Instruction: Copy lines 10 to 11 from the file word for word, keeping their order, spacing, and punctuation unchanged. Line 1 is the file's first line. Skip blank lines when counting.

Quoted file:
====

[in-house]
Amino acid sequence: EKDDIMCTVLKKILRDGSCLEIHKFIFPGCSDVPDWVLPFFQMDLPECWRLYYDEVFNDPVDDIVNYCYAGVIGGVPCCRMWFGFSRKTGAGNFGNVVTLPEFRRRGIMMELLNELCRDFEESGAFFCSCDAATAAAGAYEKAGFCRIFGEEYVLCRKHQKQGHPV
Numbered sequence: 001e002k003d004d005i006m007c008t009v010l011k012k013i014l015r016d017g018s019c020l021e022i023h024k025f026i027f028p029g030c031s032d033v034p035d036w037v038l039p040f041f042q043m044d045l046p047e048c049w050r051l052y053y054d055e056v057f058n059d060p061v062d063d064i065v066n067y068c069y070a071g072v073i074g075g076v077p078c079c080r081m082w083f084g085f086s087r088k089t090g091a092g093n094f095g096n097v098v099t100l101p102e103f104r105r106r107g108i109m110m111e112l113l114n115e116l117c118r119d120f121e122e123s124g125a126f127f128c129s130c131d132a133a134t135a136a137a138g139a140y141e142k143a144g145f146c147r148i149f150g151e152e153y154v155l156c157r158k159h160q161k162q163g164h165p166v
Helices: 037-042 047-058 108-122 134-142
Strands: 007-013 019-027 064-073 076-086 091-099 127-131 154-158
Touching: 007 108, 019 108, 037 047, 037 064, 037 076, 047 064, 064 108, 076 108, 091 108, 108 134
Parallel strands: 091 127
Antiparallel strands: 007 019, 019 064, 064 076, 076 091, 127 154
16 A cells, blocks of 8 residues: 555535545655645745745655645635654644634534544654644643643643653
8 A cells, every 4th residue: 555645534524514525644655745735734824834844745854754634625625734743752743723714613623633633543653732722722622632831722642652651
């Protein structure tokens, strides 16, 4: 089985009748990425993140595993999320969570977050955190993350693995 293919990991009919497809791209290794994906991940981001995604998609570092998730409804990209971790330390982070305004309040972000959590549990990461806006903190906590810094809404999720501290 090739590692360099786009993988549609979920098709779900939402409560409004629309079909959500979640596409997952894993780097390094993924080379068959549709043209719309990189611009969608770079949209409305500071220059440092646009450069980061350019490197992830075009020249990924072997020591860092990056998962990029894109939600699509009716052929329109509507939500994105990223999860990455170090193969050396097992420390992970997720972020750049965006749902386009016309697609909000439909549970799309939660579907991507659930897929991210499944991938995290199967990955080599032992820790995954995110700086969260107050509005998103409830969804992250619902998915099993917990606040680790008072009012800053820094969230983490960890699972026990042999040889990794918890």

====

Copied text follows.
8 A cells, every 4th residue: 555645534524514525644655745735734824834844745854754634625625734743752743723714613623633633543653732722722622632831722642652651
């Protein structure tokens, strides 16, 4: 089985009748990425993140595993999320969570977050955190993350693995 293919990991009919497809791209290794994906991940981001995604998609570092998730409804990209971790330390982070305004309040972000959590549990990461806006903190906590810094809404999720501290 090739590692360099786009993988549609979920098709779900939402409560409004629309079909959500979640596409997952894993780097390094993924080379068959549709043209719309990189611009969608770079949209409305500071220059440092646009450069980061350019490197992830075009020249990924072997020591860092990056998962990029894109939600699509009716052929329109509507939500994105990223999860990455170090193969050396097992420390992970997720972020750049965006749902386009016309697609909000439909549970799309939660579907991507659930897929991210499944991938995290199967990955080599032992820790995954995110700086969260107050509005998103409830969804992250619902998915099993917990606040680790008072009012800053820094969230983490960890699972026990042999040889990794918890």